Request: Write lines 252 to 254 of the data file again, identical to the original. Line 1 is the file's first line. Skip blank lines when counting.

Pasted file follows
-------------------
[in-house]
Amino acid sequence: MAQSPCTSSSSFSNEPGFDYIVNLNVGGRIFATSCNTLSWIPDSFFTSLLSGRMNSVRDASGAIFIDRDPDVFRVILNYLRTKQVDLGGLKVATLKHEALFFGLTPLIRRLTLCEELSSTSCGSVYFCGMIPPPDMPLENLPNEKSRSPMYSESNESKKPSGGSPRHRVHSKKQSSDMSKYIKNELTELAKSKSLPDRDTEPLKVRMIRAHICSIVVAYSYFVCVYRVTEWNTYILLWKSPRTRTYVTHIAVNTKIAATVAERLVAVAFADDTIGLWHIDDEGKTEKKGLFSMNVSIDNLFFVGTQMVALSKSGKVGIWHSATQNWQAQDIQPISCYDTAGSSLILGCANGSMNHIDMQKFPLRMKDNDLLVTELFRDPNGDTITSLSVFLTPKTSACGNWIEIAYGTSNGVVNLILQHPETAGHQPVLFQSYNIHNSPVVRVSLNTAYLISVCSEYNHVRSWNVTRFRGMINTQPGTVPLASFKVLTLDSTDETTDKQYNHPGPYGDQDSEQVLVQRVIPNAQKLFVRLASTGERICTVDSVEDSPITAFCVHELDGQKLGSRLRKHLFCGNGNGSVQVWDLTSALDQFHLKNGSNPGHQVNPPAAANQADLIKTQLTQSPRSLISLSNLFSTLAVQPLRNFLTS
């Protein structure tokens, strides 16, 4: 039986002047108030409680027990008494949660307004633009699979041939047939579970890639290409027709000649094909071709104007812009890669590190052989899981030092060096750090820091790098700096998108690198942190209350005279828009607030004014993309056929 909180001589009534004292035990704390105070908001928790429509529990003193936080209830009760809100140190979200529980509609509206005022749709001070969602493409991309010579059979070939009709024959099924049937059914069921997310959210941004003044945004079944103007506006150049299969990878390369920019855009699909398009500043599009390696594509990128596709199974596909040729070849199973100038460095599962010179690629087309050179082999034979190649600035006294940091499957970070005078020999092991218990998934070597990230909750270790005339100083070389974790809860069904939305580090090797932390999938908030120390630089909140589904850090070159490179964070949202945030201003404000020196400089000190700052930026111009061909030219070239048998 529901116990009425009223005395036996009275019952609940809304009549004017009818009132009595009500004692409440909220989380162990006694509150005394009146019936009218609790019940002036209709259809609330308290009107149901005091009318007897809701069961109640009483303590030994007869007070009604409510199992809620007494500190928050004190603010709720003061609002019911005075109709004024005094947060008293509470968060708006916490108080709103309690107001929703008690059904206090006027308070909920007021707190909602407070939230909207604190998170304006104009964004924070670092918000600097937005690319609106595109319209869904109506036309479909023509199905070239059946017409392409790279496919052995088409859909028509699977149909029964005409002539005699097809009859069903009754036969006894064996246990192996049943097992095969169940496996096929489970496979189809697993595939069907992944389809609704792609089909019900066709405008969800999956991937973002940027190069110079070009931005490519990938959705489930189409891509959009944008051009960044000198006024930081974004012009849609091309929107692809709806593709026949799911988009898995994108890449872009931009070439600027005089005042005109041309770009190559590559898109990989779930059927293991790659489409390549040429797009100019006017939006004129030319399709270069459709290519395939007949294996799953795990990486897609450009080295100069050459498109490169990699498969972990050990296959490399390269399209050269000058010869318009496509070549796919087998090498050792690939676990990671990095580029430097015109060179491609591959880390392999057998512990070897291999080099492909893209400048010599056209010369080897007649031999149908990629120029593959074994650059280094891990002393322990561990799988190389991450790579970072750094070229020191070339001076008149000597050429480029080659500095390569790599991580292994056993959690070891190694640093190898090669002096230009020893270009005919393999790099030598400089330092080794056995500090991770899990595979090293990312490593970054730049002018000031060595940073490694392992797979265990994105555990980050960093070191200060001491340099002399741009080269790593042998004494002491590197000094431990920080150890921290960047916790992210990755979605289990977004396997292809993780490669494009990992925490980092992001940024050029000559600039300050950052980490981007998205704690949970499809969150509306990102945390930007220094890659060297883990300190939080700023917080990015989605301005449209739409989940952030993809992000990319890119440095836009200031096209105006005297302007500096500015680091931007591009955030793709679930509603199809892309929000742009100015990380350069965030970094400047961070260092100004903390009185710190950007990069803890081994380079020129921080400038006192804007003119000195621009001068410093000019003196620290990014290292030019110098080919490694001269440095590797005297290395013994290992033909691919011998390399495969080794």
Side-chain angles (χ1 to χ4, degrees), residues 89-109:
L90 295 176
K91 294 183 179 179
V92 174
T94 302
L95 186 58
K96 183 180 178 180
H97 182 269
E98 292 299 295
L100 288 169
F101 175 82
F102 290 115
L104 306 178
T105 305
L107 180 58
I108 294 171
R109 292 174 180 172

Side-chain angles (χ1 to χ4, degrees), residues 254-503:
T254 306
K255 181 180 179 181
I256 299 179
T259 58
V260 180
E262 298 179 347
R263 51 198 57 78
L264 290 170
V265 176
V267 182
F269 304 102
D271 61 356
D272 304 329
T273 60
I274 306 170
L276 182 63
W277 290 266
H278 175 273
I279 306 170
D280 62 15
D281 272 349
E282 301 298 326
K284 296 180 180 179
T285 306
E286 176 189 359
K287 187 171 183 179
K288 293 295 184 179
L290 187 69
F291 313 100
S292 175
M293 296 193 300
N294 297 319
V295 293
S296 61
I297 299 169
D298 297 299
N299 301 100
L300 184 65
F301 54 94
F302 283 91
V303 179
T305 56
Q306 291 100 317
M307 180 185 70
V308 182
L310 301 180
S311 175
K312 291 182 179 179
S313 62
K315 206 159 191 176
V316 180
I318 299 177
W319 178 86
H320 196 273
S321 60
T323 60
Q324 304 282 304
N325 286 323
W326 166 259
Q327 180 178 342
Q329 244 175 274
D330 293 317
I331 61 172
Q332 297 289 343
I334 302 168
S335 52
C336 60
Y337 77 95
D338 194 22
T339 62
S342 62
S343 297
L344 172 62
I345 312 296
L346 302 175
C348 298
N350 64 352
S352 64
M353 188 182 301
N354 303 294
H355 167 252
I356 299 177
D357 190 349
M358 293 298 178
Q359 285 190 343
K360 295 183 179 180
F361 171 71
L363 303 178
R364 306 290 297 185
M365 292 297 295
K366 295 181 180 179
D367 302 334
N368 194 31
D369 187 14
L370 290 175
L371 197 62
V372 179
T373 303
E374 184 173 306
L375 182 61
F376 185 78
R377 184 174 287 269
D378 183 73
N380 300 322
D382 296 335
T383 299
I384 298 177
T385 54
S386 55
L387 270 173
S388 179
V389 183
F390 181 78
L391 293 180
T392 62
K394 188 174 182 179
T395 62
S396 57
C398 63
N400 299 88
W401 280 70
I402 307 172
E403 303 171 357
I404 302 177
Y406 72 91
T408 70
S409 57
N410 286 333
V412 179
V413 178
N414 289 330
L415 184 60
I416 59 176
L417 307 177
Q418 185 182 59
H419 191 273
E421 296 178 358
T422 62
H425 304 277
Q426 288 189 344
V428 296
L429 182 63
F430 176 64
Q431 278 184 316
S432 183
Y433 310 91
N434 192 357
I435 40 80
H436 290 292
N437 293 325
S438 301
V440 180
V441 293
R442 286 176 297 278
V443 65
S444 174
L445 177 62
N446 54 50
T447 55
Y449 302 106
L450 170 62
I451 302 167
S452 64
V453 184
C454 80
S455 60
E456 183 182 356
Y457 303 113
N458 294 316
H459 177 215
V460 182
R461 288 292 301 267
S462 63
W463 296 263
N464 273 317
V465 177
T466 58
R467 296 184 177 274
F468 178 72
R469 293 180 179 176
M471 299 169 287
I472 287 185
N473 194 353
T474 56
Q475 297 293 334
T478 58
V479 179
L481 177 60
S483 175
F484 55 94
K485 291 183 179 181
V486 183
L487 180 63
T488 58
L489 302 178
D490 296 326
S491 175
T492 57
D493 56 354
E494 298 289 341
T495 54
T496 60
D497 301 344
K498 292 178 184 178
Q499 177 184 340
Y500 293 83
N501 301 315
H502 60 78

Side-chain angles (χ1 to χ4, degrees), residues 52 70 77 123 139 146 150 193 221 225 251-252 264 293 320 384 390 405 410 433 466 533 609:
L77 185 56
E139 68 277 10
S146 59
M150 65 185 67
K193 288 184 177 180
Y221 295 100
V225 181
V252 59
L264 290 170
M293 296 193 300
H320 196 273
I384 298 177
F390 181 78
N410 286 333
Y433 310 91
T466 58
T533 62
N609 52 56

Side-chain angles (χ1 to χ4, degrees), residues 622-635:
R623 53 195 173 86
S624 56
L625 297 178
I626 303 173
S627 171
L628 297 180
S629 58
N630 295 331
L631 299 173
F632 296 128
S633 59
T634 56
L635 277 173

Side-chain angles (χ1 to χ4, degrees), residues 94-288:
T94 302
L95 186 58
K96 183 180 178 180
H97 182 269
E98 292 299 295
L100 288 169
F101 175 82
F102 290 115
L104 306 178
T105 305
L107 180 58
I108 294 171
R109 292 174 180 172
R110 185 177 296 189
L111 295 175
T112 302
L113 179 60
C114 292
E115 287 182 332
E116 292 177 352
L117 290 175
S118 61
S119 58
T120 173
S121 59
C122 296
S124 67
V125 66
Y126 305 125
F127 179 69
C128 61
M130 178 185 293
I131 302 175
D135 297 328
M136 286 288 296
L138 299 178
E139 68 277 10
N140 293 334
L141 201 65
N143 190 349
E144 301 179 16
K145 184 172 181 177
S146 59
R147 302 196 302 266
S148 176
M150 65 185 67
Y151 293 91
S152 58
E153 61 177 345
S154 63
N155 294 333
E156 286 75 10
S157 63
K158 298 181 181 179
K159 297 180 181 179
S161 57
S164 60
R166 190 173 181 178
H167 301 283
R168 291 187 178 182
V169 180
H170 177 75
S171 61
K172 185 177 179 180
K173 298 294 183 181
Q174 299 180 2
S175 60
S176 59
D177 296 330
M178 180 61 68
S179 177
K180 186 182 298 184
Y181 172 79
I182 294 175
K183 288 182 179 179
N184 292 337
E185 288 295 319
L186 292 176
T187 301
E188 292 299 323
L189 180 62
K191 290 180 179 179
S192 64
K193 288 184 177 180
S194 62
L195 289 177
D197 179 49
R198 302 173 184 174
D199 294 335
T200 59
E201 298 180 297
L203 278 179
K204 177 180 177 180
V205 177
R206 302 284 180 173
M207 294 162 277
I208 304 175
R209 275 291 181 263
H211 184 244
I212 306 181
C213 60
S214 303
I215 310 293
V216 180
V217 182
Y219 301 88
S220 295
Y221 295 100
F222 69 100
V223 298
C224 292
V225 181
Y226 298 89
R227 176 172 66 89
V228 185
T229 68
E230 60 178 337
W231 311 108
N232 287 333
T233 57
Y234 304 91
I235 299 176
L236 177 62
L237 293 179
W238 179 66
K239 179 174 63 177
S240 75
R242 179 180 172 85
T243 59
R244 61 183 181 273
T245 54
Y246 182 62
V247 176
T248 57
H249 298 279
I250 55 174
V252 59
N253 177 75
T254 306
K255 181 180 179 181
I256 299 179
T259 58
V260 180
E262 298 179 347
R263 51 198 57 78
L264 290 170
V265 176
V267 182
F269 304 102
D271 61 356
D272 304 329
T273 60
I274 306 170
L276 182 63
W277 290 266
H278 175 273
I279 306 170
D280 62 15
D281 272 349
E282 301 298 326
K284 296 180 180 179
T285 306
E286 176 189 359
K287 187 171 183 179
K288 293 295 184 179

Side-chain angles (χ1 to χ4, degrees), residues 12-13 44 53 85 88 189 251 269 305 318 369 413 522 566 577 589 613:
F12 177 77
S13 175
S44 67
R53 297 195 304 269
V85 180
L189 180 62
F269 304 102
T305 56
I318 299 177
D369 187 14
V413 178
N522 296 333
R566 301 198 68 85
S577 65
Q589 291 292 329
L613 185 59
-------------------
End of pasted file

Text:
L625 297 178
I626 303 173
S627 171